The auction of Pelé’s personal collection became most lucrative sale of football memorabilia in history with the 2000 items totalling £3.6m including premium with 100% of the lots sold.
The vast collection of medals, trophies, awards, novelty items and personal property (there were even 15 of his old passports, one of which made £6000) was consigned by the three-time World Cup winner himself and had never been auctioned before. At the sale itself, the auctioneers reported bidding from around the globe as the event posted a string of exceptional prices. A top price of £320,000 came for a special replica of the Jules Rimet Trophy which was made for Pelé after the 1970 World Cup.
A battle between Adidas and Nike for dominance of the global football gear market is driving a steep rise in sponsorship payments to elite clubs - and cutting into the two manufacturers' profits.
Shirt deal inflation is reinforcing the advantage of about a dozen clubs with a global fan base - among them Barcelona and Real Madrid, the two Manchester clubs and Paris Saint Germain. These same clubs benefit from bigger revenues from broadcast rights, helping them pay for the best players.
Tinkoff cycling team have released a new training jersey on the eve of the Dubai Tour to commemorate former Argentinian footballer, Diego Maradona.
The half-and-half jersey incorporates the bright yellow colours of Tinkoff’s current kit as well as the iconic blue colours of Napoli, taken from when Maradona formerly played for the club. Based on the 1987 version of Napoli’s shirt, the year in which Maradona won his first Italian Championship with the club, it will also include his famous number 10 on the back.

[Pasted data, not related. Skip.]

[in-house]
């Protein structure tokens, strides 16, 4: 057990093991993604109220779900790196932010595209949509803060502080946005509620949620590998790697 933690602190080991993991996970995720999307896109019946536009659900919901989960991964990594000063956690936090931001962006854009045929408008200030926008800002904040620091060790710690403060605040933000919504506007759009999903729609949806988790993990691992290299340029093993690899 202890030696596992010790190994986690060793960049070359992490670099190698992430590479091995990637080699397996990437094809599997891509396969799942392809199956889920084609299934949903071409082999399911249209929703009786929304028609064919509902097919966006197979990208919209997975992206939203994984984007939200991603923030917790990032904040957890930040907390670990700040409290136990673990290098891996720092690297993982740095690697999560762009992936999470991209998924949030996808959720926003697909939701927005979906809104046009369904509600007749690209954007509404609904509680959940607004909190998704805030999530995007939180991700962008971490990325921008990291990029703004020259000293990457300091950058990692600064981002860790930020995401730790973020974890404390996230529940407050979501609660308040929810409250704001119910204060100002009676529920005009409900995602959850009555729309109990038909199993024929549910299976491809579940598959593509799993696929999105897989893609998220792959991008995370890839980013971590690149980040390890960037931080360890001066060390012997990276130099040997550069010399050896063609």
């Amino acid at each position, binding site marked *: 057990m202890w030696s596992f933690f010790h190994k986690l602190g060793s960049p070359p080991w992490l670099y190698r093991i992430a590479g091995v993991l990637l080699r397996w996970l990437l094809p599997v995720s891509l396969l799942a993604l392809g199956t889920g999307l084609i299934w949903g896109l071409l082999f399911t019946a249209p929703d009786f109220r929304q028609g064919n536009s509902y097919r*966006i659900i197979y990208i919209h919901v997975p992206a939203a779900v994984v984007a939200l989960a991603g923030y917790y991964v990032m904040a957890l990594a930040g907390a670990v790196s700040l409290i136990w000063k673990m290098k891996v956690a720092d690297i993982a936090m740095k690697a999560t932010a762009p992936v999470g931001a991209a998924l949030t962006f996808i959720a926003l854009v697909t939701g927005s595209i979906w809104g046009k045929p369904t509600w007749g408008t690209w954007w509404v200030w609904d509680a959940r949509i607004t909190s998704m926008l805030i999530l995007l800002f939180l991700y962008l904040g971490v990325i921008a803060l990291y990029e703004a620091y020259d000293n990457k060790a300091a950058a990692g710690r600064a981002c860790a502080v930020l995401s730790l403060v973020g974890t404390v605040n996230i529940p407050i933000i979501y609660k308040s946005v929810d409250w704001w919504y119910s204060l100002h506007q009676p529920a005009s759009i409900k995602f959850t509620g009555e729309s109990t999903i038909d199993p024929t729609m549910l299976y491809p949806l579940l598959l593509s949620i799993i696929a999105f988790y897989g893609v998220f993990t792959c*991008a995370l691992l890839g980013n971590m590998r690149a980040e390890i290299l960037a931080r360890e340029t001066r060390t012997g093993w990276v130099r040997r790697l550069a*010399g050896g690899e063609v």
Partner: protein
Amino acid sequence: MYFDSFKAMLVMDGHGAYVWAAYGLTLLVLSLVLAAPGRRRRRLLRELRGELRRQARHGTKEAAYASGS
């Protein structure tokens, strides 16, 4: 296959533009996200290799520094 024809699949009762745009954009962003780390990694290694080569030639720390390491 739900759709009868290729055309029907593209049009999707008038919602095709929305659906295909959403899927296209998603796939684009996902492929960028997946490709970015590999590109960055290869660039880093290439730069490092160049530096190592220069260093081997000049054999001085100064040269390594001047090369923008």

Ipswich Town’s maroon and navy striped away shirt was welcomed with hugely positive reviews when it was launched in the summer, with strong sales continuing throughout the season.
But to date the Barcelona-inspired kit has been used just once this season – during a 2-0 away loss at Blackburn in October – much to the frustration of supporters who have paid as much as £70 for the whole kit and up to £45 for the shirt.
What do players wear on the pitch? Trends seem to come and go.
was showing a friend my treasures, which I always do when it is their first time to my house. I have a set pattern, a guided tour of my twenty or so collections, trotting out the same spiel about how those four Beatles photos are originals but we had a leak and they got ruined.
Pop quiz. What links the following companies: Packard Bell, Eidos, One2One, Walkers crisps, Elonex and BT Cellnet?
The answer, as any self-respecting football geek of a certain vintage will know, is that they all decorated the shirts of a mid-ranking Premier League club during the 1990s. (And bonus points to those who identified Leeds United, Man City, Everton, Leicester, Wimbledon and Middlesbrough as the logo-bearers.)
Los Angeles FC, slated to join MLS for the 2018 season, revealed their official crest and club colors in a press conference at Union Station in Los Angeles.
The crest was developed and designed by Spark International co-founder Thai Nguyen and the creative team of Tue Nguyen and Matthew Wolff.
Manchester City revealed their new badge to fans prior to the match against Sunderland AFC.
The badge, which has been described as a ‘modern original’, follows a 30-day consultation period and a series of lectures on the badges’ history by Manchester Football Expert Gary James, during which thousands of Cityzens fed back to the club as to whether, and if so how, they wanted the badge to evolve.
The SPFL has today announced that all 42 member clubs can use a new area of their team kits for sponsorship purposes from the beginning of 2016/17.
The new regulations will allow a new, additional area for sponsorship on the backs of players’ jerseys, immediately below the numbers, of 100 square centimetres. This means that all SPFL clubs will be able to ‘sell’ three spaces on their kits, taking effect from next season - the traditional front and centre of the team kit, as well as above the squad or team numbers on the back and now below the numbers on the reverse as well.